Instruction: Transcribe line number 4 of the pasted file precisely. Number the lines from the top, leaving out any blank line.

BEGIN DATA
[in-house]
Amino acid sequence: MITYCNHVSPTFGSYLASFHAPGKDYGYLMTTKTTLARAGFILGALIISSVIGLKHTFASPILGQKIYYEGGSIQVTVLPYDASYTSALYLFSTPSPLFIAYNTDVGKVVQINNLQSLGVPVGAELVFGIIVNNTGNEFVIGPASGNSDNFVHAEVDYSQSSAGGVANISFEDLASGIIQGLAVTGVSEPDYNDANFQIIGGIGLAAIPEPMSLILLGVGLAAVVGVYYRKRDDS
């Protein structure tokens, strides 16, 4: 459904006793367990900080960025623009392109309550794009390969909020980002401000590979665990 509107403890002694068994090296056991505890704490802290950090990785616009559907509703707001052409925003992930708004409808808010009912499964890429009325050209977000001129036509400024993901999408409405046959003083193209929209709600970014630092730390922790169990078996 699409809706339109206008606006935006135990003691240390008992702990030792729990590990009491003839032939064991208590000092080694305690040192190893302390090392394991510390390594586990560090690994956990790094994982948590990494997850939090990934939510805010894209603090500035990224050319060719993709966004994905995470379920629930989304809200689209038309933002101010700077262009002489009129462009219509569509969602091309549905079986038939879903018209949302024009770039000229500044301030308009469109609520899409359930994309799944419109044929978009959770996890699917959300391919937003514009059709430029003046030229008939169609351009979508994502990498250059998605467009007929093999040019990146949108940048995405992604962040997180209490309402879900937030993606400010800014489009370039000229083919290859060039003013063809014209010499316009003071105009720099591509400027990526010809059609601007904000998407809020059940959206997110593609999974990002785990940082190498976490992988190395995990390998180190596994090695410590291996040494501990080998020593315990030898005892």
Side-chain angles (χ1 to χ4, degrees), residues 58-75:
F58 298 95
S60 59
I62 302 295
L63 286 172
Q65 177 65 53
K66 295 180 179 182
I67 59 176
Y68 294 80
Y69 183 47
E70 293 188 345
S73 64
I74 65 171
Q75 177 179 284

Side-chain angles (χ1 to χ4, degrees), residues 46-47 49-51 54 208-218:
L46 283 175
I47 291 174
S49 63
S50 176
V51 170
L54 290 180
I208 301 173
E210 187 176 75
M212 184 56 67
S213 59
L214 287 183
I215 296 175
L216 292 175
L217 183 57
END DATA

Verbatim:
Side-chain angles (χ1 to χ4, degrees), residues 58-75: